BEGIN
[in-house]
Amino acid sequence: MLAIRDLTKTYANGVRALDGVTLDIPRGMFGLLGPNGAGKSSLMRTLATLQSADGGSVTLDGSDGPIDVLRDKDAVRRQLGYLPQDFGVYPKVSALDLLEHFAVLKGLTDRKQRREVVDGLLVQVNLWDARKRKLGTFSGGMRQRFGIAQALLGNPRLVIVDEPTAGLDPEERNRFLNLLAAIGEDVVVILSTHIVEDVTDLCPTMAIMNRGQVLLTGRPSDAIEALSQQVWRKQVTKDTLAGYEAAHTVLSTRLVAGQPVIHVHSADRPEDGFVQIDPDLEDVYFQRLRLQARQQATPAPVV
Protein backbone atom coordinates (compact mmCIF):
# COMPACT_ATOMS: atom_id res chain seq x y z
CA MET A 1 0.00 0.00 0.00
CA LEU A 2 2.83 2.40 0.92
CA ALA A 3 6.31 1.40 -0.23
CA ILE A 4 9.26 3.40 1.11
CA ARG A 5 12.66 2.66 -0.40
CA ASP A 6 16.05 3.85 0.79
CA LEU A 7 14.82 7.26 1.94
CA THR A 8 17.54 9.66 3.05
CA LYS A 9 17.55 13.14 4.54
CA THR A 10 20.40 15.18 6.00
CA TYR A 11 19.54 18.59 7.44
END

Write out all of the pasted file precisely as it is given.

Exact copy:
[in-house]
Amino acid sequence: MLAIRDLTKTYANGVRALDGVTLDIPRGMFGLLGPNGAGKSSLMRTLATLQSADGGSVTLDGSDGPIDVLRDKDAVRRQLGYLPQDFGVYPKVSALDLLEHFAVLKGLTDRKQRREVVDGLLVQVNLWDARKRKLGTFSGGMRQRFGIAQALLGNPRLVIVDEPTAGLDPEERNRFLNLLAAIGEDVVVILSTHIVEDVTDLCPTMAIMNRGQVLLTGRPSDAIEALSQQVWRKQVTKDTLAGYEAAHTVLSTRLVAGQPVIHVHSADRPEDGFVQIDPDLEDVYFQRLRLQARQQATPAPVV
Protein backbone atom coordinates (compact mmCIF):
# COMPACT_ATOMS: atom_id res chain seq x y z
CA MET A 1 0.00 0.00 0.00
CA LEU A 2 2.83 2.40 0.92
CA ALA A 3 6.31 1.40 -0.23
CA ILE A 4 9.26 3.40 1.11
CA ARG A 5 12.66 2.66 -0.40
CA ASP A 6 16.05 3.85 0.79
CA LEU A 7 14.82 7.26 1.94
CA THR A 8 17.54 9.66 3.05
CA LYS A 9 17.55 13.14 4.54
CA THR A 10 20.40 15.18 6.00
CA TYR A 11 19.54 18.59 7.44